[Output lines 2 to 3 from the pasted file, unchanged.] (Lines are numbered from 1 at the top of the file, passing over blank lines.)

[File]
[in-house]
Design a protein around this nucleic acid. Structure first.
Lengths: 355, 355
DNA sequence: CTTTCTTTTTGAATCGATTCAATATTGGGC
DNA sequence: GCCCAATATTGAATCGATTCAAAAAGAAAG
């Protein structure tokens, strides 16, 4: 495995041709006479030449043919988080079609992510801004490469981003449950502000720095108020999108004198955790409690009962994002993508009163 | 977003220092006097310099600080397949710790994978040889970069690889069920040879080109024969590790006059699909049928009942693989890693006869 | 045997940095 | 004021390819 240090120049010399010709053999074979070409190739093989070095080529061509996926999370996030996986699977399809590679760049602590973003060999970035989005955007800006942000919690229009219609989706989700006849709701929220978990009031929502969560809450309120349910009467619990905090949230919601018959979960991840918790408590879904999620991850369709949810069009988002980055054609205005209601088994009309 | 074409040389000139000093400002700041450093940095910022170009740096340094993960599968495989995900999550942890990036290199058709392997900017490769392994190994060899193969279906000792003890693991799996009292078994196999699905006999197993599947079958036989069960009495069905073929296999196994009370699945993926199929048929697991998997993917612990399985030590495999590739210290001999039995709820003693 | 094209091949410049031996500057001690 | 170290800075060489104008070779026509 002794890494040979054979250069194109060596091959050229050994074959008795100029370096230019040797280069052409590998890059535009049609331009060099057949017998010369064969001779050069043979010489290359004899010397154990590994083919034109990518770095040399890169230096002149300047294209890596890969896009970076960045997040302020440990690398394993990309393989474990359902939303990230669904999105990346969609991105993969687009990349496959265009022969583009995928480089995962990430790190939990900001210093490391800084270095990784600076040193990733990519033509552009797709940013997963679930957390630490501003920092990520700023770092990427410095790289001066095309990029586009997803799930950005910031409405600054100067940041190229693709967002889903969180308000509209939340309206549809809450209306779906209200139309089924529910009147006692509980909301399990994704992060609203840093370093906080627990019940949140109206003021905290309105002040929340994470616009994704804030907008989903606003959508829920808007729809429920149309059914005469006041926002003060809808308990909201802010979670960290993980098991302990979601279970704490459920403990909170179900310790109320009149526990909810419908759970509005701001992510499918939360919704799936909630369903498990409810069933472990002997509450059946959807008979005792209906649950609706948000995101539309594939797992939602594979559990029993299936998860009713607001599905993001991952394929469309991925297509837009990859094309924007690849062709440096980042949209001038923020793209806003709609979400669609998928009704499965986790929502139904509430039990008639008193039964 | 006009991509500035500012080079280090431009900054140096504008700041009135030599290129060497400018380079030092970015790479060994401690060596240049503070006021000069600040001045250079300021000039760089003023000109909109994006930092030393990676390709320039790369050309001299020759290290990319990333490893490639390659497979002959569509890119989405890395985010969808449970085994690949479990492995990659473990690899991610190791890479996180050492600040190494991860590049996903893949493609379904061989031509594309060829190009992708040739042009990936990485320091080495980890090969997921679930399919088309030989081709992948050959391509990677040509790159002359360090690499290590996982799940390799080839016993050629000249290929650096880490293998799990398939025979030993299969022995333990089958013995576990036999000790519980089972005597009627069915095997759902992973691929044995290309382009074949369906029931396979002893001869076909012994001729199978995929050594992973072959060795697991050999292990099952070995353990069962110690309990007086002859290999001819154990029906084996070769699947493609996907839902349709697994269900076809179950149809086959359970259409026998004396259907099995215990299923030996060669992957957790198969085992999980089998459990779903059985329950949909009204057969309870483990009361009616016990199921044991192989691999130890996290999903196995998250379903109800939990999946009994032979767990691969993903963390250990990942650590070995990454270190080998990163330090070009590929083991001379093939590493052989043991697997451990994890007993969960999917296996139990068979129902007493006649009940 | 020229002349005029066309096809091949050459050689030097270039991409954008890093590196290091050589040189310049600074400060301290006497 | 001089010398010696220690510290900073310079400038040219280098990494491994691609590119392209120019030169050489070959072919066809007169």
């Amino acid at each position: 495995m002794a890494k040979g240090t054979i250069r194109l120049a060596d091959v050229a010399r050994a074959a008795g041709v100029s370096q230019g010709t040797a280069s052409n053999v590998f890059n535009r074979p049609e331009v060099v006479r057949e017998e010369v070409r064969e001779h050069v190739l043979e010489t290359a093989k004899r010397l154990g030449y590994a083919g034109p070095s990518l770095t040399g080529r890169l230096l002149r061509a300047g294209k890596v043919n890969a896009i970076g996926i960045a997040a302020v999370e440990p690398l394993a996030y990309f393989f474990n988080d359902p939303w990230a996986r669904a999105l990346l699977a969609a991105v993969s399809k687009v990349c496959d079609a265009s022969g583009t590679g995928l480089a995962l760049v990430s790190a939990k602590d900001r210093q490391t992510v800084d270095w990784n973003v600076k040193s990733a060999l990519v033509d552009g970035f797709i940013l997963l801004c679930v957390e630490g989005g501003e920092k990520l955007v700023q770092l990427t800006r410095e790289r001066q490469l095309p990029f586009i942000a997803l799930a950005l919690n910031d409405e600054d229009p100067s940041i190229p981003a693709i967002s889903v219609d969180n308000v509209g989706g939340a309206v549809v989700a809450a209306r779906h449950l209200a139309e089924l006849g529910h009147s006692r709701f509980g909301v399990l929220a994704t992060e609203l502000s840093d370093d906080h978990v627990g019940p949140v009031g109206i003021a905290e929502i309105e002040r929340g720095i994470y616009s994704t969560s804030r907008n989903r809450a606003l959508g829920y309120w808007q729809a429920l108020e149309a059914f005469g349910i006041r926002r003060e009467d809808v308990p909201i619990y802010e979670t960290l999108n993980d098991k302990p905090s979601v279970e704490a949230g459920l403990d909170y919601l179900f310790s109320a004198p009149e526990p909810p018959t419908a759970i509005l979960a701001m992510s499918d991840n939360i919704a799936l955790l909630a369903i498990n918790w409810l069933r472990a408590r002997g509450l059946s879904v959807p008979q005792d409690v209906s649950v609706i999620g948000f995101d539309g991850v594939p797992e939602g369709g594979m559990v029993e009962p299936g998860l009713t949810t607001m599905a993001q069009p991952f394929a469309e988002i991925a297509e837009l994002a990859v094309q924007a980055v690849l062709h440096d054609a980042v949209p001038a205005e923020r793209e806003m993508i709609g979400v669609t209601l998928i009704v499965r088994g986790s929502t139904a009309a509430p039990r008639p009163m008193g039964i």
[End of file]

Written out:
Design a protein around this nucleic acid. Structure first.
Lengths: 355, 355